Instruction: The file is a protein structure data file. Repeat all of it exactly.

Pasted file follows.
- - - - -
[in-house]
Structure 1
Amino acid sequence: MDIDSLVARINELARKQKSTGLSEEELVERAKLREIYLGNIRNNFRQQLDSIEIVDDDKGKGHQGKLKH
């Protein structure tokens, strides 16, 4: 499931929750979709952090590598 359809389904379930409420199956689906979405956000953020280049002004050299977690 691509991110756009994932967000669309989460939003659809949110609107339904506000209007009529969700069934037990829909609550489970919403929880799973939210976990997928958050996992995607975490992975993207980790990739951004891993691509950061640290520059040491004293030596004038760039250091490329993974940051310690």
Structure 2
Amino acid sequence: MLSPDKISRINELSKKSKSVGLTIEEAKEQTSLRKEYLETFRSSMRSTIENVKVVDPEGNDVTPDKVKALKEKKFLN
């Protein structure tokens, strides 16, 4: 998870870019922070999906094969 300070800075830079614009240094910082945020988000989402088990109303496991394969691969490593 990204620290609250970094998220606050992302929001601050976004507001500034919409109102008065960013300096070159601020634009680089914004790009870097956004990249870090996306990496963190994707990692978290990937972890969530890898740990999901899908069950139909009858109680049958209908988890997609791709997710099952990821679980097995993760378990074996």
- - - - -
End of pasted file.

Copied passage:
[in-house]
Structure 1
Amino acid sequence: MDIDSLVARINELARKQKSTGLSEEELVERAKLREIYLGNIRNNFRQQLDSIEIVDDDKGKGHQGKLKH
């Protein structure tokens, strides 16, 4: 499931929750979709952090590598 359809389904379930409420199956689906979405956000953020280049002004050299977690 691509991110756009994932967000669309989460939003659809949110609107339904506000209007009529969700069934037990829909609550489970919403929880799973939210976990997928958050996992995607975490992975993207980790990739951004891993691509950061640290520059040491004293030596004038760039250091490329993974940051310690």
Structure 2
Amino acid sequence: MLSPDKISRINELSKKSKSVGLTIEEAKEQTSLRKEYLETFRSSMRSTIENVKVVDPEGNDVTPDKVKALKEKKFLN
């Protein structure tokens, strides 16, 4: 998870870019922070999906094969 300070800075830079614009240094910082945020988000989402088990109303496991394969691969490593 990204620290609250970094998220606050992302929001601050976004507001500034919409109102008065960013300096070159601020634009680089914004790009870097956004990249870090996306990496963190994707990692978290990937972890969530890898740990999901899908069950139909009858109680049958209908988890997609791709997710099952990821679980097995993760378990074996």